Fukubukuro or "lucky bags" are Japan's answer to getting rid of last year's stock and giving the consumers a steep discount to help expedite the process. You'll see them out as soon as shops open after New Year's Eve ends. In some places, that's just a few hours into the new year. In others, it's January 2nd or 3rd. In any case, the grab bag of old inventory usually comes in a few distinct flavors and price categories.    In the stores, you'll usually see a display version of the goods in the bag, so there really aren't any surprises. Bags usually start around 1,000 yen for what is usually at least 2,000 yen worth of goods, but the fancier the retailer, the more expensive the bag options. Many clothing stores only offer options around 5,000 yen and/or 10,000 yen. If you're more into brand name designer goods, these sales might not be your thing as the items you can get for super cheap will also be last year's model or excess stock. If you don't mind being just a little behind the cutting edge, these sales are well worth the time and energy.    Fukubukuro can run out quickly, so if you know you want to grab one from a specific store, it is a good idea to go early and get what you want while it is available. While these are major sales days, they are nowhere near as chaotic as Black Friday stateside. We are in Japan after all.This was my haul from Sendai sales-day of 2016. I headed straight to a cloth and craft store where I filled the blue bag with scraps for 500 yen. The green bag is some discounted fleece I bought to make a couch cover. Then there is this lovely red fukubukuro. Unlike most lucky bag buying opportunities, this was unplanned on my part. As I waited in line to buy some lunch-pack sandwiches in front of one of Sendai's department stores, one of the workers brought out a stack of these bags. There might have been around 50 of them in the cart the guy was pulling, but within minutes of him placing the load next to the line of consumers waiting to check-out, every single one was gone. There was no display in this case, so I wasn't sure what I was getting into, but I was willing to take the bet that whatever was inside was well worth my 1,000 yen. I was not disappointed.        All of that for 1000 yen. Mostly snacks, candy, and cup noodles, sure. Also, under the candy you'll see a warm pair of fuzzy red socks with white polka dots which were left over from some coca-cola campaign, according to the package. I think the white envelopes contained towels of some sort, but as it has been a year, I'm not entirely sure.    Nowadays you can find a lot of information about these sales online before you go to the stores. Just search for the local shopping mall online and you can find a list of participating stores and deals on the website. For instance, this is the deal I hope to take advantage of tomorrow: 5 pairs of kids Sanrio socks for 1000yen. A good deal if you have a small child who is occasionally obsessed with Hello Kitty, I'd say.    In addition to the fukubukuro, other sales are also a big deal on the first few days of the year. Check out your local retailers for their sales information.    One national chain that I usually spend at least 2,000 yen at around the first of the year is Mister Donut. If you're a fan of donuts, it's usually a good call. In previous years, the 2,000 yen fukubukuro from Mister Donut has included 20 donut coupons (good for one donut each at any point before March of the new year) in addition to an article of service-ware (glass, plate, or mug in different years), a calendar, and a towel or blanket. I may be forgetting some additional elements, but that doesn't stop it from being a good deal if you like donuts and eat more than 20 donuts in 3 months. My family does.    Keep in mind that while Japan's sales days are not nearly as rambunctious as those in some other countries, the shopping experience can still be difficult, exhausting, and even frustrating. If you too are planning to brave the crowds for the chance to get a bargain, remember to take care of yourself. Avoid getting hangry (hungry-angry) by eating at least a little something before you head out and don't be afraid to take a break when you need to. If you have small children, leave them with a trusted sitter or keep a close eye on them. Make sure they have what they need, too (a juice box, a snack, a potty break, whatever) as you make your way through the crowds.    So what lucky bags are you buying? Which stores offer the best bargains for you?Oh, and Happy New Year!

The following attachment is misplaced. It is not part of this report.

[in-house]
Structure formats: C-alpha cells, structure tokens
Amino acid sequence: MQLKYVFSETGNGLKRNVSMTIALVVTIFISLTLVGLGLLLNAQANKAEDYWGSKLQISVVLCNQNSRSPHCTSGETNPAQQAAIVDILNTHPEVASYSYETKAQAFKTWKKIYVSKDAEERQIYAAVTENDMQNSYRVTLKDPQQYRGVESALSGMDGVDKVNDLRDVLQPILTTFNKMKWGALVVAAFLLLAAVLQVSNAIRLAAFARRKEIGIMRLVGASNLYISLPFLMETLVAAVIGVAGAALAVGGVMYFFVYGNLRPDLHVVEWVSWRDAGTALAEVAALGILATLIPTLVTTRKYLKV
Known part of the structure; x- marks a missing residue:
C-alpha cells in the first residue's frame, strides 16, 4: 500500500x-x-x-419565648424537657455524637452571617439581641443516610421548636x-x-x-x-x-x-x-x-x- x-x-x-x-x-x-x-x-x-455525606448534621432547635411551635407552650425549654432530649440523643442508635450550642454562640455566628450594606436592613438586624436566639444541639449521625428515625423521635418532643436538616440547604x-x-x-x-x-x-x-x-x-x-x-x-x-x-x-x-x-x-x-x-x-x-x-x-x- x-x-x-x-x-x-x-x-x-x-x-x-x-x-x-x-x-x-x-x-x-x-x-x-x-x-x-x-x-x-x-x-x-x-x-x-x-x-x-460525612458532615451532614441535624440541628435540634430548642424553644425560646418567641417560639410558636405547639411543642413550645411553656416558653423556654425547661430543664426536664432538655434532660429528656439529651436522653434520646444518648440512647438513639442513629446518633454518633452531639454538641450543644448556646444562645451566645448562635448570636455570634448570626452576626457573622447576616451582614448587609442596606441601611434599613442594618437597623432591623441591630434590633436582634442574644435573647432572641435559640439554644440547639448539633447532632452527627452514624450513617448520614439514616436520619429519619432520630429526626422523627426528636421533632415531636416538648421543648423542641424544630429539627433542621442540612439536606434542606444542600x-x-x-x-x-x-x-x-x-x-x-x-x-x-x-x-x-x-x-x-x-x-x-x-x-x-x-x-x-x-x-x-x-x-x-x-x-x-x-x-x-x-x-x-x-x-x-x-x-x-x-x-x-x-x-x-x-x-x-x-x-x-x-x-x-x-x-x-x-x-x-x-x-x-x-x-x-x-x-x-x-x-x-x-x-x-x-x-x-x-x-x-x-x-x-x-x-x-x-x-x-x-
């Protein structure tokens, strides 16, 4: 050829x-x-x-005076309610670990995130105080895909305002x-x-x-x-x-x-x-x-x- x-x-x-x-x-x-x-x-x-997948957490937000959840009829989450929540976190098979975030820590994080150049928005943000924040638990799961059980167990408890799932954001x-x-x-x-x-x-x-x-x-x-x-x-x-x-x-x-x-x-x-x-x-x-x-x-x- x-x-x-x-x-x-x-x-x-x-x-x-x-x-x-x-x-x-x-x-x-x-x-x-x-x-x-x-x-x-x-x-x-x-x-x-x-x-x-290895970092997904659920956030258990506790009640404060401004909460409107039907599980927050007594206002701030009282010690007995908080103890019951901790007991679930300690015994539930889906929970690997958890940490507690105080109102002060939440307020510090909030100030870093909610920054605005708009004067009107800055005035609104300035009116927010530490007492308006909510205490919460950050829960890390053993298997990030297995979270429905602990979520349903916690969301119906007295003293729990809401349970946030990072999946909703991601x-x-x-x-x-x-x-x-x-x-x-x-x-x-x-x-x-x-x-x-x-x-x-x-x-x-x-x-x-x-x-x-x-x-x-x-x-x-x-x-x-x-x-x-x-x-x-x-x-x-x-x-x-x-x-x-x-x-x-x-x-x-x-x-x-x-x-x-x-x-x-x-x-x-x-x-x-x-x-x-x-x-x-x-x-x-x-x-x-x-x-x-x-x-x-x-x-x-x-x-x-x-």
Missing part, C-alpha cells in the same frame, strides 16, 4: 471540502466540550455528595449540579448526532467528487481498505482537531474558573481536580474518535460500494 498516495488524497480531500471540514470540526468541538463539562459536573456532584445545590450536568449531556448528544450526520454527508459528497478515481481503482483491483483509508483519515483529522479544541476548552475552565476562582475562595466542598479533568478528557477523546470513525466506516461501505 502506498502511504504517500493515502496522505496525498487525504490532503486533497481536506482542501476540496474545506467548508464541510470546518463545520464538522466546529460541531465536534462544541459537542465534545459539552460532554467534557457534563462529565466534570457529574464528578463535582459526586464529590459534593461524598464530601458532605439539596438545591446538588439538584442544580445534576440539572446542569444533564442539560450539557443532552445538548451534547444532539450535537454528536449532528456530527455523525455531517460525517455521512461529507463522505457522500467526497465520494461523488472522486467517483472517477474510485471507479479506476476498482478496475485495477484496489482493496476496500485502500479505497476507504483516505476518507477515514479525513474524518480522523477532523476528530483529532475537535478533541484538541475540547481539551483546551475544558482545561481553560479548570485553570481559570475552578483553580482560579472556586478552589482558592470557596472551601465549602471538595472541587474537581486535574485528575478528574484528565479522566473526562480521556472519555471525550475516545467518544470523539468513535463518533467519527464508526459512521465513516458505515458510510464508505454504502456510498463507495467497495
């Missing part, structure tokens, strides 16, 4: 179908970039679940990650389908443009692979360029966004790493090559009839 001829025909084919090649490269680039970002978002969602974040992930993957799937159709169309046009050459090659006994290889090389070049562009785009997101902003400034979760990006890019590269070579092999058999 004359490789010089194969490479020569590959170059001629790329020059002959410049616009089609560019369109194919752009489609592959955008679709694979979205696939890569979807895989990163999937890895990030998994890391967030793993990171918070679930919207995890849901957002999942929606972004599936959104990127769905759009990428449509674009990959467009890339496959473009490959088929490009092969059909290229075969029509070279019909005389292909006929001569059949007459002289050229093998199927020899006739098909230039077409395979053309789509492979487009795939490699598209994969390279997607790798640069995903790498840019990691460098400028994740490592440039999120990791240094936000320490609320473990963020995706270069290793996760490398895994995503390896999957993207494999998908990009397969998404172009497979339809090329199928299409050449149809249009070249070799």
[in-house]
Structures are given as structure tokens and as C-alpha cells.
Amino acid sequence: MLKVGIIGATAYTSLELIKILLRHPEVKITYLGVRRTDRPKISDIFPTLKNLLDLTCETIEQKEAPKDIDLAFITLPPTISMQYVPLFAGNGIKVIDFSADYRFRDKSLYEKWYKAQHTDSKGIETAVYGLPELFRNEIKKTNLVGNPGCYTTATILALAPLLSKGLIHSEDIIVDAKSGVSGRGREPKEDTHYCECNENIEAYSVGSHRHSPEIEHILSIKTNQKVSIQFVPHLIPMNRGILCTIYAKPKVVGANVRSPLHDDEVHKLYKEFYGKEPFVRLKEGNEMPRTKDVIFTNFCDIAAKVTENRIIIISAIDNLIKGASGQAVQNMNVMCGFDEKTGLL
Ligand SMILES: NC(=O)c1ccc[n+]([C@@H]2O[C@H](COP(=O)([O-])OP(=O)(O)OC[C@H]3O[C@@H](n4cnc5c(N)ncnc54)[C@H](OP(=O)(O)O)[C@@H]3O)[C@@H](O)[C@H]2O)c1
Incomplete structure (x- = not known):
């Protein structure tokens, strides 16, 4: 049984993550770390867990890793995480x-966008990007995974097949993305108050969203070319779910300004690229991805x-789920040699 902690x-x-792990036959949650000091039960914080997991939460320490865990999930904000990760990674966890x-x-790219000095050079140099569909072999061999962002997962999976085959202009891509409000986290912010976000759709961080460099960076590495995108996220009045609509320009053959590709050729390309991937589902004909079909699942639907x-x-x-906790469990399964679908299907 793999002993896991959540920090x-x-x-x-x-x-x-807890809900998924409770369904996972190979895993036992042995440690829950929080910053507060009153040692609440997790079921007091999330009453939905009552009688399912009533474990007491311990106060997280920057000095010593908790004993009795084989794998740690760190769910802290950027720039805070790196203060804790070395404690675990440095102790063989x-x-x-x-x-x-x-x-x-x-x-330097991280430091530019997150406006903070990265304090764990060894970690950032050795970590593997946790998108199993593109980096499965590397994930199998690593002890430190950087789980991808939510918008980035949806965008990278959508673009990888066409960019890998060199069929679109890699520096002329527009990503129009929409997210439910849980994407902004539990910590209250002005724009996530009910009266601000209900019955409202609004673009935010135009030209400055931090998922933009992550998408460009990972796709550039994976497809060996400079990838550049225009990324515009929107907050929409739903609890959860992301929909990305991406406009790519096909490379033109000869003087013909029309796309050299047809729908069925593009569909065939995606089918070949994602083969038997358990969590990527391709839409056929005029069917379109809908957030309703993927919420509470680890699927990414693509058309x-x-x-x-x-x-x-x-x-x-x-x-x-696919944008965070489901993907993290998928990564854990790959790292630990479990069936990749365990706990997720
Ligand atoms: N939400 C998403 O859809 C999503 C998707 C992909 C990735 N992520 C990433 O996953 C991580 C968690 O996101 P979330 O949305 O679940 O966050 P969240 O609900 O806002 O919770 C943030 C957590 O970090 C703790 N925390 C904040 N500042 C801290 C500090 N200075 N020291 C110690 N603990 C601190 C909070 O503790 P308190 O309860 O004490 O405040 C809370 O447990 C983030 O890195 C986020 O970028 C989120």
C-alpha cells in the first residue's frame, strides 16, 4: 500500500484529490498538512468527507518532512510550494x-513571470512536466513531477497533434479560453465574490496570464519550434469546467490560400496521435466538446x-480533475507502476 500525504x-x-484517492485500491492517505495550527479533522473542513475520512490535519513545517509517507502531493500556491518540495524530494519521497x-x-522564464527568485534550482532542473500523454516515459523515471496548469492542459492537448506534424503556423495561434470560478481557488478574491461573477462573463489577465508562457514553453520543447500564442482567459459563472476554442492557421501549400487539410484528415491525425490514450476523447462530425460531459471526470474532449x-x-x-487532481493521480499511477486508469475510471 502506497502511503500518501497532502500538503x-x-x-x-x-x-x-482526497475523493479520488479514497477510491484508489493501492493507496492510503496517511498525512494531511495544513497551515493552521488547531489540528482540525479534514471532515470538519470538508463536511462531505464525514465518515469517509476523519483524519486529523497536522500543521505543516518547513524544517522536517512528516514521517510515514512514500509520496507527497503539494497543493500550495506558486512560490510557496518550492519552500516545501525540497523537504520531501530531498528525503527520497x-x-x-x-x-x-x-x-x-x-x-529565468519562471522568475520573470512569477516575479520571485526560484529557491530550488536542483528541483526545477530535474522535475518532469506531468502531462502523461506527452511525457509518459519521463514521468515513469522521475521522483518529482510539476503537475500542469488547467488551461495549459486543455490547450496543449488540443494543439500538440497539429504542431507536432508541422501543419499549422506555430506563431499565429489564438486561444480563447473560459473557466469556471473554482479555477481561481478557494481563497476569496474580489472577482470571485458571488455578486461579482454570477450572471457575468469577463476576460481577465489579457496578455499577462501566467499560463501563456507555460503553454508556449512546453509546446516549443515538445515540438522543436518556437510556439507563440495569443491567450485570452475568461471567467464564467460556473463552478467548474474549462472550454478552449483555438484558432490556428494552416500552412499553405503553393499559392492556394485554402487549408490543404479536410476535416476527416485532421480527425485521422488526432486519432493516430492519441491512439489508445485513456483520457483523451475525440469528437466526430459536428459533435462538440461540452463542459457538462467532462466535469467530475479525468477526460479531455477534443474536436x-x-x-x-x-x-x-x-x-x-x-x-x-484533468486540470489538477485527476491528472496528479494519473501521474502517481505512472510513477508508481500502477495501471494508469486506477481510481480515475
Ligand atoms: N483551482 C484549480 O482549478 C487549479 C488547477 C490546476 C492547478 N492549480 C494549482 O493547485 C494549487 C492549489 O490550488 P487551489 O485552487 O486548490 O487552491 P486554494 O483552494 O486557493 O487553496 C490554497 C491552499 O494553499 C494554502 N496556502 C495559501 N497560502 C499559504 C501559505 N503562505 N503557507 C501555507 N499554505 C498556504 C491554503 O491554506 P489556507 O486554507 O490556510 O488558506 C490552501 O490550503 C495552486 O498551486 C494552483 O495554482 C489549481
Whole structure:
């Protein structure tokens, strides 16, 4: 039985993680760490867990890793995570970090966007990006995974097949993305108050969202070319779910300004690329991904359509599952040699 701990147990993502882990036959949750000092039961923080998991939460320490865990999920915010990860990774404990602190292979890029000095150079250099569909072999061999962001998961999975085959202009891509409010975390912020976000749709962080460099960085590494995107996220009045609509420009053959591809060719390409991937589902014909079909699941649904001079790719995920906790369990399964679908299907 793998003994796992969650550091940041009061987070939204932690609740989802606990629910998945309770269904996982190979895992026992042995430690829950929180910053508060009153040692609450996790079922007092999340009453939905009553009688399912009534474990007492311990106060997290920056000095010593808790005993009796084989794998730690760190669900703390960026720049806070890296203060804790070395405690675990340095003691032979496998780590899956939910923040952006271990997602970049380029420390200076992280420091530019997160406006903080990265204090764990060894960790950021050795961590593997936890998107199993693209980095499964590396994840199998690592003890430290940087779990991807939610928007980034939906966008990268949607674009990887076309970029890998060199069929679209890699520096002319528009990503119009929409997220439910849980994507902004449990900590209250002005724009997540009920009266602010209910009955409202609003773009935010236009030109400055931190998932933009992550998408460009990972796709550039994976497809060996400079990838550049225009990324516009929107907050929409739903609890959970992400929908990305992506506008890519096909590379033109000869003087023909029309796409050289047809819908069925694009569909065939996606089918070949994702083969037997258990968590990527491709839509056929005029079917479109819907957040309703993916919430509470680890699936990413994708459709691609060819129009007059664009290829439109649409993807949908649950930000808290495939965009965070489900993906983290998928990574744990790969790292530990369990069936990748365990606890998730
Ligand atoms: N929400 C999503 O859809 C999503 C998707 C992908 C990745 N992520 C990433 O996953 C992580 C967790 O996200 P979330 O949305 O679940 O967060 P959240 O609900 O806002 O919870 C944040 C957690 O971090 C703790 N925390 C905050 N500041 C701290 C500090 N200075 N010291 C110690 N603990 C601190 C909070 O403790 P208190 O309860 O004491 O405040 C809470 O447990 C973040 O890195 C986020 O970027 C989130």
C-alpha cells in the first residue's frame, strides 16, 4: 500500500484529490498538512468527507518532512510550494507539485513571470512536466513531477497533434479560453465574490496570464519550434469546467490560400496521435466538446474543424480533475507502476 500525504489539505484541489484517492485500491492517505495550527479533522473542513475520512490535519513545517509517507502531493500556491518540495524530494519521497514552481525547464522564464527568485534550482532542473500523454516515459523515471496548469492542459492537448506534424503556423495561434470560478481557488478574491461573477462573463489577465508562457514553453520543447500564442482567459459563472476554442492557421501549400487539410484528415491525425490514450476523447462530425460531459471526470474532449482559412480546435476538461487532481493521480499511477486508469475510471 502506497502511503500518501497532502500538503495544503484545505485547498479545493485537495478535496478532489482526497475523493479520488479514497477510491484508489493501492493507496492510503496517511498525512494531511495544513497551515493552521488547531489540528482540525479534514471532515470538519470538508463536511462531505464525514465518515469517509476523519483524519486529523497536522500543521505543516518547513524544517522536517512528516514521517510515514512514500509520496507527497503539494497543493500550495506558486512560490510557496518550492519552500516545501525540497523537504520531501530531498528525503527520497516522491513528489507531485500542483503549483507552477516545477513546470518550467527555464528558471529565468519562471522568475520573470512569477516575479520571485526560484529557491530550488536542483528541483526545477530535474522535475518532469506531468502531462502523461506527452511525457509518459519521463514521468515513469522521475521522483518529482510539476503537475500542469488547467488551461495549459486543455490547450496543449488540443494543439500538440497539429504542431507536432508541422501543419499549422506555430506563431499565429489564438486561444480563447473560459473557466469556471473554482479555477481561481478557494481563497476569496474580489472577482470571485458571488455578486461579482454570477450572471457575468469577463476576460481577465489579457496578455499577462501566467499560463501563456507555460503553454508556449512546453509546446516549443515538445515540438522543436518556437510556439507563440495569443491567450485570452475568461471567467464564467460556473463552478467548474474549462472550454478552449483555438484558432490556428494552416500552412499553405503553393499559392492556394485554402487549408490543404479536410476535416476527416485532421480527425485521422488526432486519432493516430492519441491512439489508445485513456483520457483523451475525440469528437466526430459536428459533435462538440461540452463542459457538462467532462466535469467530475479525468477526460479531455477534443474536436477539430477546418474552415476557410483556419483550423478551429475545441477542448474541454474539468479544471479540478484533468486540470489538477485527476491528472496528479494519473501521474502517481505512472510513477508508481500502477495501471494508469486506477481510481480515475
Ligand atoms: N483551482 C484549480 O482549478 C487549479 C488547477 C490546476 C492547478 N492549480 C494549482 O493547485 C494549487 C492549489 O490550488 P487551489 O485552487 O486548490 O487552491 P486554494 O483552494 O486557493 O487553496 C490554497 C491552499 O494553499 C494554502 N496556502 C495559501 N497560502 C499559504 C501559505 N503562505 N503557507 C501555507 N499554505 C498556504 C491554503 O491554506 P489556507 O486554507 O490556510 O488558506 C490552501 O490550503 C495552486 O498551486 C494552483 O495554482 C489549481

Christmas in Japan - The German way